Public Service Commission
PSC ORDER ADVANCES CARBON STORAGE RESEARCH - Utilities will contribute to development efforts
The Kentucky Public Service Commission (PSC) has encouraged Kentucky’s investor-owned electric utilities to contribute to projects to develop technology to capture and store carbon dioxide emissions from coal-burning electric plants.
Effective carbon management and sequestration (long-term storage) is considered essential to the continued use of coal as a fuel for electric generation if limits are placed on carbon emissions in order to combat global climate change. Kentucky, which has among the lowest electric rates in the nation, generates more than 90 percent of its electricity from coal.
“The issues of carbon management and carbon sequestration hold the potential for affecting the customers of all utilities subject to our jurisdiction,” the PSC said in an order issued today. “Accordingly, the Commission is greatly interested in the work of (the two research entities) which addresses these issues.”
Four utility companies plan to contribute a total of $7.8 million to the research efforts. “We are pleased to see Kentucky’s investor-owned utilities engaged in these important scientific partnerships,” PSC Chairman David Armstrong said.
The two research entities are the Carbon Management Research Group (CMRG), which is a partnership of the private sector and the University of Kentucky Center for Applied Energy Research; and the Kentucky Consortium for Carbon Storage (KCCS), which was created by the Kentucky Geological Survey and the Kentucky Department of Energy Development and Independence. KCCS is conducting a test of underground carbon storage in western Kentucky.
Duke Energy Kentucky Inc. and Kentucky Power Co. have each agreed conditionally to provide up to $200,000 annually to CMRG for up to 10 years. The funding will match contributions from other sources. Louisville Gas and Electric Co. (LG&E) and Kentucky Utilities Co. (KU) have agreed to jointly provide up to $200,000 annually to CMRG for the next 10 years.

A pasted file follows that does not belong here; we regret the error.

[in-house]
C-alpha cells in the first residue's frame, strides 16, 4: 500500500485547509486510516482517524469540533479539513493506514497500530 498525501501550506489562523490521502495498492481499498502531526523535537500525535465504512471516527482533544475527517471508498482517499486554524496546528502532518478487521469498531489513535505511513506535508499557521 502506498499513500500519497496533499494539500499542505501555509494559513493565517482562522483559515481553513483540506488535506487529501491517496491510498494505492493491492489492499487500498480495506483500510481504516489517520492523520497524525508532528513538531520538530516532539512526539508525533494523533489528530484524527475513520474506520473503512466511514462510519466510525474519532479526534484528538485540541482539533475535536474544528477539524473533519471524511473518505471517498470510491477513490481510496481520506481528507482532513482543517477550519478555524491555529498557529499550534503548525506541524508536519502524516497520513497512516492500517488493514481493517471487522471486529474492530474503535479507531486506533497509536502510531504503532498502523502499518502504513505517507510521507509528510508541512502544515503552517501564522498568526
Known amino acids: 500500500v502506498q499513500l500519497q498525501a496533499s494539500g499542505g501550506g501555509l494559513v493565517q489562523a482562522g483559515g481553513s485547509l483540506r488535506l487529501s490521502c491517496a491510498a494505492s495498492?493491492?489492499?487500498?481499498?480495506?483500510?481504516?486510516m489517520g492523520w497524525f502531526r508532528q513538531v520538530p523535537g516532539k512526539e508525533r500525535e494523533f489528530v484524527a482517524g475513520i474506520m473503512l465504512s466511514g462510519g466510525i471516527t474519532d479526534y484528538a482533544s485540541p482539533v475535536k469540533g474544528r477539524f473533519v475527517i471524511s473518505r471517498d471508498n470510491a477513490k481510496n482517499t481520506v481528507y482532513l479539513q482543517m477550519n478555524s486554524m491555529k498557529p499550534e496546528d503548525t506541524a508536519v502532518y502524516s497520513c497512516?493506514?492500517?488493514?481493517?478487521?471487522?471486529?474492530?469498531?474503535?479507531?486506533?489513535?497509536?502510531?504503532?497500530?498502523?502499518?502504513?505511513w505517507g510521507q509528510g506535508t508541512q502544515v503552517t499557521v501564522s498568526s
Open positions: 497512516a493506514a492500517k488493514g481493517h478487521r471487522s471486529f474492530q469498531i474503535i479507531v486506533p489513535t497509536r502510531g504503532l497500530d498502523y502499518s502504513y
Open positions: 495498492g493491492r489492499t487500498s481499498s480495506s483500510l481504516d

In addition, LG&E and KU have agreed to jointly provide KCCS with up to $1.8 million in matching funds over a two-year period. LG&E and KU are partners with Peabody Energy and ConocoPhillips in the Western Kentucky Carbon Storage Foundation Inc., a non-profit entity established to manage industry contributions to KCCS.
Duke Energy and Kentucky Power are not participating in the KCCS effort because both are engaged in company-run carbon sequestration pilot projects.
In today’s order, the PSC authorized four companies to create separate accounts to track their contributions to two research efforts. The accounts, known as regulatory assets, are an accounting tool that allows unusual or one-time costs to be deferred for a period of time for possible recovery in future rate cases.
While the establishment of regulatory assets is done in expectation of future cost recovery through rates, it is not a guarantee of recovery. That determination will be made in a future rate case based upon the evidence in that proceeding.
Today’s order and related documents in the case are available on the PSC Web site, psc.ky.gov. The case number is 2008-00308.
The PSC is an independent agency attached for administrative purposes to the Energy and Environment Cabinet. It regulates more than 1,500 gas, water, sewer, electric and telecommunication utilities operating in Kentucky and has approximately 100 employees.